Last December, Outside the Lines reported that the NFL reportedly backed out of a $16 million gift to fund a concussion study because it didn't like the man heading the research. The NFL has repeatedly denied that it had personal issues with the researcher, Robert Stern. On Monday, a 91-page congressional report revealed otherwise.
OTL released details of a congressional investigation, which found that the league campaigned to remove Stern, who had been critical of the NFL, and pulled its funding after signing an agreement, forcing taxpayers to bear the brunt of the study's cost.
When the NFL gave a $30 million gift to the National Institute of Health in 2012, it was initially reported as "unrestricted." That was never the case, as NIH officials later clarified. The NFL holds veto power over the projects that the money funds.
After the NIH tabbed Stern, a prominent researcher at Boston University, the league pressured the institute to remove him and steer the money towards league-sanctioned researchers. When the NIH held firm, the NFL broke the agreement and offered just $2 million towards the study, according to the congressional report. The NIH declined the gesture.
The NFL then tried to reallocate the $16 million to a study involving members of the league's brain injury committee. That committee's co-chairman, Dr. Richard Ellenbogen, had been one of the "primary advocates" for removing Stern, according to the congressional report. He had applied for the same grant that the NIH awarded Stern.
"Dr. Ellenbogen is a primary example of the conflicts of interest between his role as a researcher and his role as an NFL adviser," the report states. "He had been part of a group that applied for the $16 million grant. After his group was not selected, Dr. Ellenbogen became one of the NFL's primary advocates in expressing concerns surrounding the process with the BU grant selection. ... This series of events raises significant questions about Dr. Ellenbogen's own bias."
The NIH exercised its say over the money and refused to give it to the NFL's committee, which would not have followed the institute's same rigorous peer review process.
OTL goes even further into detail of the congressional report, including emails and phone calls that discredit the NFL's claim that it wasn't concerned about Stern's alleged biases. The biggest takeaway is exactly how purposeful the NFL's attempts to appear stupid seem to be. From omitting more than 100 concussions from its own study to dictating the use of its "gift," few people haven't noticed. Several players acknowledged OTL's report and followed up with their own questions and concerns:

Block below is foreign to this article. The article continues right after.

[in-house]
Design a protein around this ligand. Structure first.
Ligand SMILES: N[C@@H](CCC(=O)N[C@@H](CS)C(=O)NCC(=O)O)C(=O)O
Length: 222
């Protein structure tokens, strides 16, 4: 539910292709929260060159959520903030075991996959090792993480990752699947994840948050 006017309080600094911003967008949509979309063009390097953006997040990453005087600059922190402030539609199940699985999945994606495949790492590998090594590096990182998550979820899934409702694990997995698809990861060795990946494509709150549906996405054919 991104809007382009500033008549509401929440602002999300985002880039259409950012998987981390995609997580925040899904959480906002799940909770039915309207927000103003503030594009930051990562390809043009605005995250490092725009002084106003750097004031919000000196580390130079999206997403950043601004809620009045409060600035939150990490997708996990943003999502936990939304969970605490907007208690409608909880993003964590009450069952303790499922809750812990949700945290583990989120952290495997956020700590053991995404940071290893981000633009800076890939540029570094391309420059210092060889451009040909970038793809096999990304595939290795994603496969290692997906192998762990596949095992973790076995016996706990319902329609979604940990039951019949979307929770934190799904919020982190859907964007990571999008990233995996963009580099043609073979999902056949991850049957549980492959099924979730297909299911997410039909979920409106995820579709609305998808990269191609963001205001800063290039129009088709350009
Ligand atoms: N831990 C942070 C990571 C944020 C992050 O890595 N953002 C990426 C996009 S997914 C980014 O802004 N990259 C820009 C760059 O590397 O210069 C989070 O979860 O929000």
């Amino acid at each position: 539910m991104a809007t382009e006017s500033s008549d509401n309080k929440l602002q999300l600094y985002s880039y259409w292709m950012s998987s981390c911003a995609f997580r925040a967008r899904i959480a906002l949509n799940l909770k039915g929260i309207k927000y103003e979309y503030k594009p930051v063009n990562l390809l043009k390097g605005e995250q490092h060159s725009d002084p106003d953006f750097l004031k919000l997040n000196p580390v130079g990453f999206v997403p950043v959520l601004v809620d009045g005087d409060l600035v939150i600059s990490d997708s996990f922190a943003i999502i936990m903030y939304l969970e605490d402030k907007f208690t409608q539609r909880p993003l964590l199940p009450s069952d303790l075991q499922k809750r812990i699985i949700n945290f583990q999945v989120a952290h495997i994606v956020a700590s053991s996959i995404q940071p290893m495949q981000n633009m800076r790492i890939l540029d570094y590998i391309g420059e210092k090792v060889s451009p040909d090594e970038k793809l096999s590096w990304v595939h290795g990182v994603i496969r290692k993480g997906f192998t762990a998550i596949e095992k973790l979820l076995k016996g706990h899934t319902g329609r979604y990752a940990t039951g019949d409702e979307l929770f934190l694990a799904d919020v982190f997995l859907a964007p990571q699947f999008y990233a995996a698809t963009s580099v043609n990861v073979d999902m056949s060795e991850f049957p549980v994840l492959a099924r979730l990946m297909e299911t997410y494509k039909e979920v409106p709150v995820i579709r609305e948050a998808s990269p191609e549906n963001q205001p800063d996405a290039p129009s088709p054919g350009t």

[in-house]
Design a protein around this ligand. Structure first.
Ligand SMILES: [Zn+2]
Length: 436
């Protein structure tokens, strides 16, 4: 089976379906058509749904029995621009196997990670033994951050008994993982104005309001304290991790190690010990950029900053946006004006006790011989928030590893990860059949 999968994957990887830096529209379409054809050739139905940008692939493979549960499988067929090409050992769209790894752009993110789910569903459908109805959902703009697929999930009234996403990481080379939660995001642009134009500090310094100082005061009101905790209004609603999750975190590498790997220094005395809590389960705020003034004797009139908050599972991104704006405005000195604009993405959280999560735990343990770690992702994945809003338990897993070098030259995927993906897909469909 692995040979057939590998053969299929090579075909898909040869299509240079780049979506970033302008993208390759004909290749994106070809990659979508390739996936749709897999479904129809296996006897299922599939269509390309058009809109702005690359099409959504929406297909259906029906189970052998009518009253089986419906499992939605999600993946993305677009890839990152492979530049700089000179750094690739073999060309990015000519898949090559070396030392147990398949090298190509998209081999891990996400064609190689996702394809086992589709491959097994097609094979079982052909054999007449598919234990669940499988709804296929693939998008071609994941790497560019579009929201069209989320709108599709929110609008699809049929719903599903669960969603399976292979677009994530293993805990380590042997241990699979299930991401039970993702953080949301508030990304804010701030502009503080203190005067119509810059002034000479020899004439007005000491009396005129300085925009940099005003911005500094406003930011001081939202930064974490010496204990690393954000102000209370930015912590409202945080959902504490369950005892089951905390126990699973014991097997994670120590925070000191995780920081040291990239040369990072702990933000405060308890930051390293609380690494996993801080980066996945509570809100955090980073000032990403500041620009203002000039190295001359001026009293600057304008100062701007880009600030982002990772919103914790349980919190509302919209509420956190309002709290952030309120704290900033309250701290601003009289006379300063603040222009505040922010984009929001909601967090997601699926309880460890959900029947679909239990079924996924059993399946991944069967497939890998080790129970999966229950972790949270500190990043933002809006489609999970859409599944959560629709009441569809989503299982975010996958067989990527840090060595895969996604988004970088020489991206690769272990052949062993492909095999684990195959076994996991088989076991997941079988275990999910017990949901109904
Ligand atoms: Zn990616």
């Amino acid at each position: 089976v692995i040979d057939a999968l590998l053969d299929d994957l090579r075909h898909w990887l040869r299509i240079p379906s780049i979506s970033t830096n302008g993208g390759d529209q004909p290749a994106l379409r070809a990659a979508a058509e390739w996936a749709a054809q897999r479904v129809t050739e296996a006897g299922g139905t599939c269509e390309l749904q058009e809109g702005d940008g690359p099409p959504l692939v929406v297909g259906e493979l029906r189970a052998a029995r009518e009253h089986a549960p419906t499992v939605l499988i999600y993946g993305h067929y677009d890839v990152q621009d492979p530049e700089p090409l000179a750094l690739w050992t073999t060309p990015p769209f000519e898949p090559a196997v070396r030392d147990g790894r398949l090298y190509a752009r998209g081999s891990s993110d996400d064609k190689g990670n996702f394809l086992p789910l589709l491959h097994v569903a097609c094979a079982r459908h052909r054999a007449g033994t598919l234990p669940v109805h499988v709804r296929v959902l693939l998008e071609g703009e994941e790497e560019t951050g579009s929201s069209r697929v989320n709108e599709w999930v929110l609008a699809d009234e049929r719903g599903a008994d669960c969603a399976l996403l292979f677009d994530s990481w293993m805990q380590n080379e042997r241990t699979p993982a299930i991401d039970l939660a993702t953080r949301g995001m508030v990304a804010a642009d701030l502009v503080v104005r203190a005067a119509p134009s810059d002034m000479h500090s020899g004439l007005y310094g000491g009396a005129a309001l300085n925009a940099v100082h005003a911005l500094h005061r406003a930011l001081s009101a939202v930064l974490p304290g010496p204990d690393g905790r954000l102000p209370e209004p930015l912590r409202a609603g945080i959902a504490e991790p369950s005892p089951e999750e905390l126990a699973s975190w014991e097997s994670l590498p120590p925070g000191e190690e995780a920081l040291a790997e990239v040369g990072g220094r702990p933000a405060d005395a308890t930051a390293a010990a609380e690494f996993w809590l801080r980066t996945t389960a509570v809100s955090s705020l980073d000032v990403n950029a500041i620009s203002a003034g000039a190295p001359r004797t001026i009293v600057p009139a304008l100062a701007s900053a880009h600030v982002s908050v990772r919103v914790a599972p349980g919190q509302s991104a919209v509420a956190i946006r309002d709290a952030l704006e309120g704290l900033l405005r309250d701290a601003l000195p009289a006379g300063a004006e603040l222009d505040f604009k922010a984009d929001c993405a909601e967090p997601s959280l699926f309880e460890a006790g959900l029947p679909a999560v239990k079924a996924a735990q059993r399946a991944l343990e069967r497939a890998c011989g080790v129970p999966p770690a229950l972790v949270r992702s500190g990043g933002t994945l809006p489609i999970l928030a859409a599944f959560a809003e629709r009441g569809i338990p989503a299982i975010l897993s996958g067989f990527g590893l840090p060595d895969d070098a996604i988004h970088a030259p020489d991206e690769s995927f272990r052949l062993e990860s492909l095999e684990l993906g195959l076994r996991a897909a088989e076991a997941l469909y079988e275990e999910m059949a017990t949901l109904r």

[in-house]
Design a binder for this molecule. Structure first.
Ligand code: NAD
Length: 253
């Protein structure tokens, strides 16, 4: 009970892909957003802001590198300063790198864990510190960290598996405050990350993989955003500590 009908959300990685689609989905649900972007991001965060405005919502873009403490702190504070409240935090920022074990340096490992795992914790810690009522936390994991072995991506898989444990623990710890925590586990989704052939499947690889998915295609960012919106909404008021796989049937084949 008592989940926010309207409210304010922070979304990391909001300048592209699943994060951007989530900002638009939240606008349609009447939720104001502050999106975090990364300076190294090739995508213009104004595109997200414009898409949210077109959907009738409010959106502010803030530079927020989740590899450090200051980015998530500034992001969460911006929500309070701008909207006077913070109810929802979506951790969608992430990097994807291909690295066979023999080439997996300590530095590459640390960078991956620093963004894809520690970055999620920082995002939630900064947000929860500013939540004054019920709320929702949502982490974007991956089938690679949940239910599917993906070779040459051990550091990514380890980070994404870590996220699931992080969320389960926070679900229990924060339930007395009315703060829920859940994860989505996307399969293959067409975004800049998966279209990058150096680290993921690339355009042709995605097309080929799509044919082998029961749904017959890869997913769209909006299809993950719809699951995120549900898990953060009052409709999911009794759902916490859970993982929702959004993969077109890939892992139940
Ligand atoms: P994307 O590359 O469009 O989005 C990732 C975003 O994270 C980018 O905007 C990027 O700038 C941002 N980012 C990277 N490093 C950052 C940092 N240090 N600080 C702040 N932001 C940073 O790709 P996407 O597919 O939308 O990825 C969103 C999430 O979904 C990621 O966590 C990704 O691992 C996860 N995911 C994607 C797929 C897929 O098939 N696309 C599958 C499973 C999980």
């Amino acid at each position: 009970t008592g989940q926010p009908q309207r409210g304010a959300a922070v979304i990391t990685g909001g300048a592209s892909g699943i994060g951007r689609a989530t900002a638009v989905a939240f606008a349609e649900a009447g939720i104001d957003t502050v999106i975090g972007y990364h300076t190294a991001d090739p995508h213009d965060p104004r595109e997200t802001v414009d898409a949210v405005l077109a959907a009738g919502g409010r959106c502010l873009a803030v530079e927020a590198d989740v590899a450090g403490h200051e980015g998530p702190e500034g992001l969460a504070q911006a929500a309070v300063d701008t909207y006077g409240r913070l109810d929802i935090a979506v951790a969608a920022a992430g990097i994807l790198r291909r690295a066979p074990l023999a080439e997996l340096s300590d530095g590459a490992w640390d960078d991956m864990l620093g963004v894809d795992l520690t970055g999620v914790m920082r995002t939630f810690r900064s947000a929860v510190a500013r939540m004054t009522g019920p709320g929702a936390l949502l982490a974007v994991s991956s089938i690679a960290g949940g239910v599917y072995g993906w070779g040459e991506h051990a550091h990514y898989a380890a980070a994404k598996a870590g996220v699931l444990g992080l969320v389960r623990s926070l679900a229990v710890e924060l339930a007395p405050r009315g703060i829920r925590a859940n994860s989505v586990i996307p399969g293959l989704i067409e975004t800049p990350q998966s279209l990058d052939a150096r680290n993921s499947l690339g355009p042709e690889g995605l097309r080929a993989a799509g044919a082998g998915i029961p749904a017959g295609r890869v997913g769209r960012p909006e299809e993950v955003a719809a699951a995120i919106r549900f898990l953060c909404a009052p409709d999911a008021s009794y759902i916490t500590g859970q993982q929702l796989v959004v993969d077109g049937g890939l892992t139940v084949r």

The thing about concussions is that I want to know the truth...I'm still going to play but I need to know what could happen— Torrey Smith (@TorreySmithWR) May 23, 2016
Amount of players mentioning story--as evidenced here--is interesting to me. Stars' voices are crucial going forward pic.twitter.com/bOcQ9tLkOY— Kevin Clark (@bykevinclark) May 23, 2016
The authors of the report held little back, calling the NFL's actions part of a "long-standing pattern of attempts" to conduct concussion research that would serve its own interests. U.S. Rep. Frank Pallone from New Jersey told OTL that the NFL's actions would sow even more distrust among players, saying, "It says to them that they really can't trust the NFL to do the right thing."
The NFL rejected the allegations in a lengthy statement that otherwise didn't delve deeply into specifics.
Monday's report was another indication that the NFL's reserves of good faith are running low. It created a deficit from what was once a boon of social capital -- the NFL's $30 million donation to the NIH in 2012 was its largest ever. Now the best thing the league ever did to address brain trauma looks like a con.
It's difficult to understand what the NFL is afraid of. A few players may stop playing if a good faith attempt to study concussions results in even more damning evidence, but a lot more won't. Likewise, the NFL isn't likely to suddenly lose all of the fans who have been following this very violent sport for decades.
At this point, refusing to be forthright may only hurt. The NFL didn't stop Stern's study from happening -- it'll start next week, and the findings will likely make national headlines. The NFL only has to decide whether it wants to go with or stand rooted against the tide. One of those options will hurt a lot less when the waves finally crash.